Tuesday, 16 August 2022

Have coming-of-age movies come of age?

Have coming-of-age movies come of age?

IT’S a film that was 10 years in the making, but the third and final instalment of Italian director Luca Guadagnino’s “Desire” trilogy has at last reached cinemas.

James Ivory of Merchant Ivory fame had originally been set to co-direct the film, which is based on André Aciman’s acclaimed 2007 novel, but ended up writing the screenplay and co-producing.

Guadagnino, who initially came on board as a location consultant, became the film’s sole director in 2016, having since directed 2009’s I Am Love and 2015’s A Bigger Splash.

Nominated for best feature at this year’s Berlin Film Festival, the film has been hailed by critics as a ravishing and sublime coming-of-age romance set on the sun-kissed Italian Riviera. During the shimmering summer of 1983, precocious Italian-American teenager Elio (a revelatory Timothée Chalamet) spends his days at his family’s 17th century Lombardy villa studying music and flirting with his friend Marzia (Esther Garrel).

But when the much older Oliver (Armie Hammer) arrives to study with his historian father (Michael Stuhlbarg), Elio’s romantic ambitions develop in a very different direction.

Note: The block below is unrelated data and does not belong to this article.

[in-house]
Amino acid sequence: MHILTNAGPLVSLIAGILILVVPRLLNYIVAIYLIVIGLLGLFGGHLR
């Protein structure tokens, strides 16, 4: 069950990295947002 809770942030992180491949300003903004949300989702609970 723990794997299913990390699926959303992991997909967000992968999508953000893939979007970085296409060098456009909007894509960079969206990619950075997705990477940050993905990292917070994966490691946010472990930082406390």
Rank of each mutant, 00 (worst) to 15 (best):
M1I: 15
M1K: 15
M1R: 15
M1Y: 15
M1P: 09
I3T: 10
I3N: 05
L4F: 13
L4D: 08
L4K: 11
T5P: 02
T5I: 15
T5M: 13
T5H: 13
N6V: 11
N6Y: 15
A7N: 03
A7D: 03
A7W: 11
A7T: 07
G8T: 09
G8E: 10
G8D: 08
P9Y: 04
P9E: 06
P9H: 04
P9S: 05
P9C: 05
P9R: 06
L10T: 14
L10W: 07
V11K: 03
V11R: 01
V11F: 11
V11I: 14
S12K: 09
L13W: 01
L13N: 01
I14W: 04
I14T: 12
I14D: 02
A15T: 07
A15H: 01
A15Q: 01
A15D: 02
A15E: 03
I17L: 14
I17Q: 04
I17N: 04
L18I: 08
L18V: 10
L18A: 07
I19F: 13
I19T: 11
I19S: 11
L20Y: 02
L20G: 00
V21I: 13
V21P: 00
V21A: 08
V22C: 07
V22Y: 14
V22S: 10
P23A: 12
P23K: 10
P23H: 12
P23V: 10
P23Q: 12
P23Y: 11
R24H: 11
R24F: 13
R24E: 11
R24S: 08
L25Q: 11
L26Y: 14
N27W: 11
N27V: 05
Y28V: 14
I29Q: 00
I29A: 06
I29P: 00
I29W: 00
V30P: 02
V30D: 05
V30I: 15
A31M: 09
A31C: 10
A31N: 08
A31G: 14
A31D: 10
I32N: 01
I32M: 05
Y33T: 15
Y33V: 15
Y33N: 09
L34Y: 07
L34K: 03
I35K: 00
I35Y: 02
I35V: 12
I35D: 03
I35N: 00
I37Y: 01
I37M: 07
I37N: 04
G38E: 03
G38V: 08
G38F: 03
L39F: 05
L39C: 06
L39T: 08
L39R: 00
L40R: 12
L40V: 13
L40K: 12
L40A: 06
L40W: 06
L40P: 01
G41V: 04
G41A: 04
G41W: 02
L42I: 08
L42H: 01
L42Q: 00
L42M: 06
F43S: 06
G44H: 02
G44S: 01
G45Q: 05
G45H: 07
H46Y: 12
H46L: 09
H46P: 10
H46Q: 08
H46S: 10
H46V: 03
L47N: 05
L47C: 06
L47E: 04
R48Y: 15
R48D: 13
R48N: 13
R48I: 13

Reining in the ostentatious style that characterised his earlier work, Guadagnino immerses the viewer in the stunning, seductive setting and allows Call Me by Your Name to flourish as an evocation of the universal joys and pains of first love.

The director has called this “the most calm” movie he has made. Despite being a literary adaptation, many scenes in the film play out wordlessly.

“Words are part of what’s going on, but it’s not necessarily what’s going on underneath. I think this film celebrates the underneath,” he said.

In revising Ivory’s draft of the script, Guadagnino took out a considerable amount of nudity. He has characterised his version of Call Me by Your Name as a film about “the beauty of the newborn idea of desire, unbiased and uncynical”.

Guadagnino has also spoken of his attempt to avoid the flaws he had seen in many coming-of-age films, in which growth is often portrayed as a result of resolving certain preconceived dilemmas.

He added: “I wanted the audience to completely rely on the emotional travel of these people and feel first love. The whole idea of the movie is that the other person makes you beautiful — enlightens you, elevates you.”

Call Me by Your Name is showing at Henley’s Regal Picturehouse cinema from today (Friday).

Matthew Wilson

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